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Proceedings of of the Kohimarama Conference, Comprising Nos. 13 to 18 of the "Maori Messenger."

Wednesday, August 1st, 1860

Wednesday, August 1st, 1860.

The Native Secretary addressed the conference thus:—

Chiefs of this Conference, I have been directed by the Governor to explain to you the English Law for regulating the succession of land and other property. There are several strangers present who have just arrived. I had intended to enter to-day upon the explanation of how the pakehas manage the property of deceased persons. But you would probably wish to hear the strangers speak, and I shall therefore defer speaking on this subject till tomorrow. I shall, before I sit down, read to you two letters which we have received—one from Waikato, the other from Hauraki.—[The Native Secretary then proceeded to read letters from Rewe and Paratene Puhata.]

We have received others, but I shall not detain you by reading them.

I propose that you leave the speaking to-day to the Uriohau chiefs and to William Naylor page 51 Te Awaitaia. Let those who have spoken sit quiet and listen to the speeches of the strangers.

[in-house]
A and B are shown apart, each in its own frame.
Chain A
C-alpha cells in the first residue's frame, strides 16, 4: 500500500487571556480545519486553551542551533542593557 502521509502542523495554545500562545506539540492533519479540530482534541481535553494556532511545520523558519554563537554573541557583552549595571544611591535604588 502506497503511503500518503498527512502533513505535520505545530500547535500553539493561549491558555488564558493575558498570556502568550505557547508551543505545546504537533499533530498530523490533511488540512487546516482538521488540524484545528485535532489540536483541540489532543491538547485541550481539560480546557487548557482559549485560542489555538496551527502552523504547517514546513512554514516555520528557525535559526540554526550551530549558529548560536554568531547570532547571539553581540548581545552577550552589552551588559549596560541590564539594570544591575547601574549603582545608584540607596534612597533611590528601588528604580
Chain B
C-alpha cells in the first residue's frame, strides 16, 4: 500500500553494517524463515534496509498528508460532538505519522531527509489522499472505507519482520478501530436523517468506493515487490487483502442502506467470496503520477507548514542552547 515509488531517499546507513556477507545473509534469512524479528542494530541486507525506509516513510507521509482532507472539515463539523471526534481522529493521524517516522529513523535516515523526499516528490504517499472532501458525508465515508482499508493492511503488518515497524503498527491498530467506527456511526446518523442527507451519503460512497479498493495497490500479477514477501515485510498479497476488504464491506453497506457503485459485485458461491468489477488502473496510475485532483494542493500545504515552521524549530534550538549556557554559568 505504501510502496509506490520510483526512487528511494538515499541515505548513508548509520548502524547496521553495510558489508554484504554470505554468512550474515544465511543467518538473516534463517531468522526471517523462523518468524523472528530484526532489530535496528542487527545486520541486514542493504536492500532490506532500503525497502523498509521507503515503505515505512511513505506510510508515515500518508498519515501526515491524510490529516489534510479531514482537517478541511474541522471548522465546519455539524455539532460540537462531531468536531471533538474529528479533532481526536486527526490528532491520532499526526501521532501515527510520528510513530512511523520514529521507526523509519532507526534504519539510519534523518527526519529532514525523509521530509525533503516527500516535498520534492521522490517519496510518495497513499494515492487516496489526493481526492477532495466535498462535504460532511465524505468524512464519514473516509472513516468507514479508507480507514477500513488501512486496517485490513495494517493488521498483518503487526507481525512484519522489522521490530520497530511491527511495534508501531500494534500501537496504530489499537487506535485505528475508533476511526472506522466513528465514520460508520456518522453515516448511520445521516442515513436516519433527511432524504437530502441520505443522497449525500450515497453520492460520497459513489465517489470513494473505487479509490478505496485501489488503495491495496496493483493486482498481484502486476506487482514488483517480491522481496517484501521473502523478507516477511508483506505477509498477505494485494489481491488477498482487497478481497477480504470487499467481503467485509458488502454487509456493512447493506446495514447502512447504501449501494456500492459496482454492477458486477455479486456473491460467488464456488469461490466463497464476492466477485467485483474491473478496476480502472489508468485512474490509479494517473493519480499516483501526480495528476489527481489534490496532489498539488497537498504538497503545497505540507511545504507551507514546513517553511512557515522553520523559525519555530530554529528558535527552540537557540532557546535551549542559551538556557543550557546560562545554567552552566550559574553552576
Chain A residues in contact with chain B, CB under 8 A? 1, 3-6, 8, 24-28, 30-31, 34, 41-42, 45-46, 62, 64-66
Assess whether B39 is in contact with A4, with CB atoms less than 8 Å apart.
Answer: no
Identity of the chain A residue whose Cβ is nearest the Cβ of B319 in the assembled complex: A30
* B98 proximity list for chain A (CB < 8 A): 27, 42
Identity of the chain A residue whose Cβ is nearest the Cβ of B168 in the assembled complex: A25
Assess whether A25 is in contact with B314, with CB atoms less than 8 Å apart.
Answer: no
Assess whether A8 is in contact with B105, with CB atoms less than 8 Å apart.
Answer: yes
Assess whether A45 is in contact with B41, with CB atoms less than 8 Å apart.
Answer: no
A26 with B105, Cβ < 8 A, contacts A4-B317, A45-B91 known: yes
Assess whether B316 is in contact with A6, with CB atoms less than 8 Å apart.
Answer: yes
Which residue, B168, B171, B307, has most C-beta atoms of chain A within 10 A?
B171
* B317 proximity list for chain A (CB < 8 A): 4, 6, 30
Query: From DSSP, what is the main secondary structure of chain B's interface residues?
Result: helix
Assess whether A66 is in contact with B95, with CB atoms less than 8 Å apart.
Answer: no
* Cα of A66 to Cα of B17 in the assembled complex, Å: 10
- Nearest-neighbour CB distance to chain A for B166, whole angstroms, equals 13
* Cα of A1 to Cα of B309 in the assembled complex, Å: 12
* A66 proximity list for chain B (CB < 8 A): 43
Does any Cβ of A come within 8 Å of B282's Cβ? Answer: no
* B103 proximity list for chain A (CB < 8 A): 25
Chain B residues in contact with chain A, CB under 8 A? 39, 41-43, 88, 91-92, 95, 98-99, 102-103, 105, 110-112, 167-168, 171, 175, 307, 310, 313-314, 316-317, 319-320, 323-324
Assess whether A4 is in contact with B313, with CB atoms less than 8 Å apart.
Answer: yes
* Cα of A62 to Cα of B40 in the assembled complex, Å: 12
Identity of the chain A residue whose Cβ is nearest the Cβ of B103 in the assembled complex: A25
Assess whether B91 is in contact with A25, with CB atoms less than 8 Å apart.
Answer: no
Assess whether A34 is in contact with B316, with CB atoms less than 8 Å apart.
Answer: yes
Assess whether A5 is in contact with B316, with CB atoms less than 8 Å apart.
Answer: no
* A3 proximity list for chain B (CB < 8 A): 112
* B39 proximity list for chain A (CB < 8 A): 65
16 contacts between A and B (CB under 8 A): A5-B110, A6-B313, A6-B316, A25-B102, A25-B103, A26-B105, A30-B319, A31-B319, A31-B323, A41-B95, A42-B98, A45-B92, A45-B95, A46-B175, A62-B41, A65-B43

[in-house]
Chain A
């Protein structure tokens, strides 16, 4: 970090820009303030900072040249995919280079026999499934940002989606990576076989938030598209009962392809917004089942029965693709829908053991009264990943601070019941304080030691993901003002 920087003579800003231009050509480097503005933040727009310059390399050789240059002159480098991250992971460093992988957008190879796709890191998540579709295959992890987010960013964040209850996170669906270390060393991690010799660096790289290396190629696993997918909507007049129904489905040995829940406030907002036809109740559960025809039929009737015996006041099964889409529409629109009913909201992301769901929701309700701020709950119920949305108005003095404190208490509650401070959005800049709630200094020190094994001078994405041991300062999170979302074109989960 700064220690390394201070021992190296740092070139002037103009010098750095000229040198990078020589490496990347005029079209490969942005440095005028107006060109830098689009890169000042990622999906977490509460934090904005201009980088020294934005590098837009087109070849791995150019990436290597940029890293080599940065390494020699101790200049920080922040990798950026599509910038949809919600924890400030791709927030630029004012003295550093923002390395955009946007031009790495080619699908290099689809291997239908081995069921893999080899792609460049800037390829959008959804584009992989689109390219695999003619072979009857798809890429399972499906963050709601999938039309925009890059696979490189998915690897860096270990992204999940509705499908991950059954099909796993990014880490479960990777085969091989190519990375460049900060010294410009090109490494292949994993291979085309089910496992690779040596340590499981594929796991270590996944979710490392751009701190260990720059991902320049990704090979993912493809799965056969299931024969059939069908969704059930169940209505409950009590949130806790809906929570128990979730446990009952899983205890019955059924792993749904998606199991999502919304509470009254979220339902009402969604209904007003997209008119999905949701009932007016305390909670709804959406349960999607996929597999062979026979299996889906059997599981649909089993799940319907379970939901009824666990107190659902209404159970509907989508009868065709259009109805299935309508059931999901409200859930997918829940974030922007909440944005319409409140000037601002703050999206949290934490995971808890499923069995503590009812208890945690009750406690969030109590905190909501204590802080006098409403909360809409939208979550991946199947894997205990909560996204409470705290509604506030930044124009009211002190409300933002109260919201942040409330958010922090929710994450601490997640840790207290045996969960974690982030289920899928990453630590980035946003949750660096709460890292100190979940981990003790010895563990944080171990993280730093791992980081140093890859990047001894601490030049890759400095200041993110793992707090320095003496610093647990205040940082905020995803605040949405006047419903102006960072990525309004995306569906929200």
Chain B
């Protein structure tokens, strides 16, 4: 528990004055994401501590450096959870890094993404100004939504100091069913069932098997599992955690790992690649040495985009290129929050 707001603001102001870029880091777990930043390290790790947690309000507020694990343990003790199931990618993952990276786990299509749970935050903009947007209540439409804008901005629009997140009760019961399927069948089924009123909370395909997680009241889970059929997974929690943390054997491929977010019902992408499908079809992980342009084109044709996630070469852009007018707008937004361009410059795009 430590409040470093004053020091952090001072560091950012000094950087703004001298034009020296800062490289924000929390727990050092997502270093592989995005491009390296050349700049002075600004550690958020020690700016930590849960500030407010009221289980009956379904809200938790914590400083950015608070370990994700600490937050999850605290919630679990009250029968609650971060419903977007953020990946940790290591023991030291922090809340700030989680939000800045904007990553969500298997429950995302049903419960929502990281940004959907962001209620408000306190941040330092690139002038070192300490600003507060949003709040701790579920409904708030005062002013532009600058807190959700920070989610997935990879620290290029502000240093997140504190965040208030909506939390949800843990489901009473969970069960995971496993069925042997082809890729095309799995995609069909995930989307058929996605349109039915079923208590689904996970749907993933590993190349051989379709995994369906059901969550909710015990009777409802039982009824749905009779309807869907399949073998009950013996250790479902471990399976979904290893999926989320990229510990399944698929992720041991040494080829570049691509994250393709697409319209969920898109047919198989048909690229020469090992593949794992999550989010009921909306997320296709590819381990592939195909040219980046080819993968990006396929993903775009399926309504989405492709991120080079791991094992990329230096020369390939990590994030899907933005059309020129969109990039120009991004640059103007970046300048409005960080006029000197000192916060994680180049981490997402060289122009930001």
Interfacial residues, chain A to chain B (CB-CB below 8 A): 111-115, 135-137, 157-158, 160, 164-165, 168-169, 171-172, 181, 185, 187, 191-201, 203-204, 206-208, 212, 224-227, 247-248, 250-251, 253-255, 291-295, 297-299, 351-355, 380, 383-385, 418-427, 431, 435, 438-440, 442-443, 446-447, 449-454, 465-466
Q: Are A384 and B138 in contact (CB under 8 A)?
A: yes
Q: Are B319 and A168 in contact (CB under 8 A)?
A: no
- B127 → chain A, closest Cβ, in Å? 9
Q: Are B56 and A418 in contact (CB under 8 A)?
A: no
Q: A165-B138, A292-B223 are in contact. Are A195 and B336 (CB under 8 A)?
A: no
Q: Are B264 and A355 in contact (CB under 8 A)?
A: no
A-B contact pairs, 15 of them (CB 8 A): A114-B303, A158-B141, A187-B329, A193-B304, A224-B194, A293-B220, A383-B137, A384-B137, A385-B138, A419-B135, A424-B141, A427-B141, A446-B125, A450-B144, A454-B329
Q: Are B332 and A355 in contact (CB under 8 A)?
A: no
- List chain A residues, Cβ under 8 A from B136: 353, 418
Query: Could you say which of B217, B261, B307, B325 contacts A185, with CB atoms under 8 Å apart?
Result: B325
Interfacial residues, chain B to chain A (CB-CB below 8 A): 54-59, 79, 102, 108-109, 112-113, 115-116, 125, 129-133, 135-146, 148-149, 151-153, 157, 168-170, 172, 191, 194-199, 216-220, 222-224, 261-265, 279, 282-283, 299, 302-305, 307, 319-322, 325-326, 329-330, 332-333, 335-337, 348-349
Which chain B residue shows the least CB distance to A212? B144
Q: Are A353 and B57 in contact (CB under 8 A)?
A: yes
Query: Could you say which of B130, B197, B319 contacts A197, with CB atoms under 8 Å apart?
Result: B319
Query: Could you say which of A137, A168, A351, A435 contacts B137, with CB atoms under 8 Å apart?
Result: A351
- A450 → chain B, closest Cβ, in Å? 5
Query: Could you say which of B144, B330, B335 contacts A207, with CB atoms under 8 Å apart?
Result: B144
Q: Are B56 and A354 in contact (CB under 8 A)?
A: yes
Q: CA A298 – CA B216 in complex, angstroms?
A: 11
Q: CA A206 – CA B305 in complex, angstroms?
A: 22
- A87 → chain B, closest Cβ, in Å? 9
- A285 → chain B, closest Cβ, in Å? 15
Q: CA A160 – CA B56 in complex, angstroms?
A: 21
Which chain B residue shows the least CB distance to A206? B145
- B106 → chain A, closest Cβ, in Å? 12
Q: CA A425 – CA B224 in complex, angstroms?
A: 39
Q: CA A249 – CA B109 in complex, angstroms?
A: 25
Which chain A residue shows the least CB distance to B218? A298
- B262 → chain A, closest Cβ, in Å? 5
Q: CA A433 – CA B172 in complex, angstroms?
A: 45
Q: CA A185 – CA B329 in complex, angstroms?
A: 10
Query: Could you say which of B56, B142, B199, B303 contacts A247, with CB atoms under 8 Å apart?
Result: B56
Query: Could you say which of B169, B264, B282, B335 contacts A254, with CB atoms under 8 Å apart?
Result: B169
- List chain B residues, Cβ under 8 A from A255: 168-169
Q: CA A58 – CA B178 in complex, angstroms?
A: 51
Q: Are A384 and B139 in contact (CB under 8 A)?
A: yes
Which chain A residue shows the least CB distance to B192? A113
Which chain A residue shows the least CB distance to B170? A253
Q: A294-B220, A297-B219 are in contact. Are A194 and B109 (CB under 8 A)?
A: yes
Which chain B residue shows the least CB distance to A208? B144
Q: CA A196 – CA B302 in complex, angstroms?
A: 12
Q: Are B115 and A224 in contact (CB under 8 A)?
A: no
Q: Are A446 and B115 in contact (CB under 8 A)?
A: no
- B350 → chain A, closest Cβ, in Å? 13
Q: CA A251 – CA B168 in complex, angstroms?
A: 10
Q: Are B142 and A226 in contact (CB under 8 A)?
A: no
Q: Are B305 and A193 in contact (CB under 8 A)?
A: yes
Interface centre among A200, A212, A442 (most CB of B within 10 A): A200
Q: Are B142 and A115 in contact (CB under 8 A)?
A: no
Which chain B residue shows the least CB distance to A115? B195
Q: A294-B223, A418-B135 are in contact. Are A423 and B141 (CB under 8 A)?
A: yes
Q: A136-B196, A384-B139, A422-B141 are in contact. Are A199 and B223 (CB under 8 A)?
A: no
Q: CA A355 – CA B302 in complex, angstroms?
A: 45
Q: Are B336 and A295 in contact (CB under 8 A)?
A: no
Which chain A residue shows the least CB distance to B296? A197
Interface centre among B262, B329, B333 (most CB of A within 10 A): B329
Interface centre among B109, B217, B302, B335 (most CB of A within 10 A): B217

Paikea, (Te Uriohau,) of Kaipara, then rose and said:—

Although it may be wrong I will speak; I am but small amongst these. When the law (of God) came I thought "where shall I be safe? I will turn to the Church of God." I was but small then and friendless; the Government also was friendless. Hence I say I was friendless and the Governor was friendless. I have become a man; through that law I have been saved. Enough. I hastened to join that Church. Other tribes threatened to cut me in pieces, but I kept close to the Queen, and stooped to shelter under her wings. I had been made friendless by Waikatos and other tribes. It is now only that I stand as a man. I am but small among the dwellers in the land. Perhaps I had better finish here.